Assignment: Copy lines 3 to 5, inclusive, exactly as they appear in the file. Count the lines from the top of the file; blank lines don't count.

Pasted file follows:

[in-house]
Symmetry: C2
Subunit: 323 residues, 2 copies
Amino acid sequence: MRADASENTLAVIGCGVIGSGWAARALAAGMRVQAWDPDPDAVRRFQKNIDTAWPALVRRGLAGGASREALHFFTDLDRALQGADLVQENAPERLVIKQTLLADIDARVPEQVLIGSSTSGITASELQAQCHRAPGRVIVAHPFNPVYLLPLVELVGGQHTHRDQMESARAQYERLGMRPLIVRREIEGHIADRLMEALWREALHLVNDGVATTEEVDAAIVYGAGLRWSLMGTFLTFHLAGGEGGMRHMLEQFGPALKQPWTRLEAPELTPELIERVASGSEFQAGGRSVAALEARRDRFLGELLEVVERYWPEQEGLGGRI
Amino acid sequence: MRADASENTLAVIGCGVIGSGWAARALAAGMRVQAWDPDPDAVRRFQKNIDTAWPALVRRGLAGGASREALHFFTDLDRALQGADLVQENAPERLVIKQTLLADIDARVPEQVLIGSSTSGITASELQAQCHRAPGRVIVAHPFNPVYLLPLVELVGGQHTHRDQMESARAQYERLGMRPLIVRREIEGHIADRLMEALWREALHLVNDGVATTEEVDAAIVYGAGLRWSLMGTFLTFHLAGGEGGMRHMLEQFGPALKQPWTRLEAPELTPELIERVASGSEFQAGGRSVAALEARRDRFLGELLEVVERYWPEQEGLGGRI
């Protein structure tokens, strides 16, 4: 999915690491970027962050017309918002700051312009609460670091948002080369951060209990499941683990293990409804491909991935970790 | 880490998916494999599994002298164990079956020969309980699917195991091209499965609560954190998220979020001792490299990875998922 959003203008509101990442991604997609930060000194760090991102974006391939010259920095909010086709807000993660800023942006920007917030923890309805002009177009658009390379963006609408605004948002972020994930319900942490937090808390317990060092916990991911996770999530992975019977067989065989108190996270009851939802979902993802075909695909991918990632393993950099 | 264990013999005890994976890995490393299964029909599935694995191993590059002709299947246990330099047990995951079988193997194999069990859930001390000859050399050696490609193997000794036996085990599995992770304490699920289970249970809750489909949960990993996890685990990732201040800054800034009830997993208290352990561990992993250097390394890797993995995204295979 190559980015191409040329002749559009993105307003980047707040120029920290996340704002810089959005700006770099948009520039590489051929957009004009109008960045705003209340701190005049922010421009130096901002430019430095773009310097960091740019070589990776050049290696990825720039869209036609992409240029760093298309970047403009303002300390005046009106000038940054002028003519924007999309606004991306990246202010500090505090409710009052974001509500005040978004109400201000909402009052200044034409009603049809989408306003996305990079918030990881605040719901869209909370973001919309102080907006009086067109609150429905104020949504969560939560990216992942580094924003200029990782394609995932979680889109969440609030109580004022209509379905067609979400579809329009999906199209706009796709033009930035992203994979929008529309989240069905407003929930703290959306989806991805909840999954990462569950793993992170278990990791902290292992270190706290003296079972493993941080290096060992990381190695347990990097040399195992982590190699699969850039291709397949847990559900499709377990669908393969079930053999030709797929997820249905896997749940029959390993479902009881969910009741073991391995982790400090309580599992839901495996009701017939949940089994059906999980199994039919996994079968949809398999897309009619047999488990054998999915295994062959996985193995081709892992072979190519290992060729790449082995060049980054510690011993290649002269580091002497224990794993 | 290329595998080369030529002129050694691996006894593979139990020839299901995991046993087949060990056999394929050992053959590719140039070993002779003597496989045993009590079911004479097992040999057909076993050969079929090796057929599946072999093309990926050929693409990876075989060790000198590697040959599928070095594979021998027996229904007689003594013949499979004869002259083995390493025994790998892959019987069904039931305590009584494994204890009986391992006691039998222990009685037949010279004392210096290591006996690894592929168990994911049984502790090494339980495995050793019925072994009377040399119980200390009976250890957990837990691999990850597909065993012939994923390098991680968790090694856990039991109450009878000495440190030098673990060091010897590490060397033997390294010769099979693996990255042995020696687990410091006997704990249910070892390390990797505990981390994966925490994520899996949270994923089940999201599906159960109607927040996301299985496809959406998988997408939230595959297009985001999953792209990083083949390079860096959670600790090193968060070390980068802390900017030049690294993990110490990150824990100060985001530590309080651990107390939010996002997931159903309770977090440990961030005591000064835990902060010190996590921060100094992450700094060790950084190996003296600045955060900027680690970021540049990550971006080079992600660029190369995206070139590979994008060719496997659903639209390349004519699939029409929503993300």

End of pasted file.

Subunit: 323 residues, 2 copies
Amino acid sequence: MRADASENTLAVIGCGVIGSGWAARALAAGMRVQAWDPDPDAVRRFQKNIDTAWPALVRRGLAGGASREALHFFTDLDRALQGADLVQENAPERLVIKQTLLADIDARVPEQVLIGSSTSGITASELQAQCHRAPGRVIVAHPFNPVYLLPLVELVGGQHTHRDQMESARAQYERLGMRPLIVRREIEGHIADRLMEALWREALHLVNDGVATTEEVDAAIVYGAGLRWSLMGTFLTFHLAGGEGGMRHMLEQFGPALKQPWTRLEAPELTPELIERVASGSEFQAGGRSVAALEARRDRFLGELLEVVERYWPEQEGLGGRI
Amino acid sequence: MRADASENTLAVIGCGVIGSGWAARALAAGMRVQAWDPDPDAVRRFQKNIDTAWPALVRRGLAGGASREALHFFTDLDRALQGADLVQENAPERLVIKQTLLADIDARVPEQVLIGSSTSGITASELQAQCHRAPGRVIVAHPFNPVYLLPLVELVGGQHTHRDQMESARAQYERLGMRPLIVRREIEGHIADRLMEALWREALHLVNDGVATTEEVDAAIVYGAGLRWSLMGTFLTFHLAGGEGGMRHMLEQFGPALKQPWTRLEAPELTPELIERVASGSEFQAGGRSVAALEARRDRFLGELLEVVERYWPEQEGLGGRI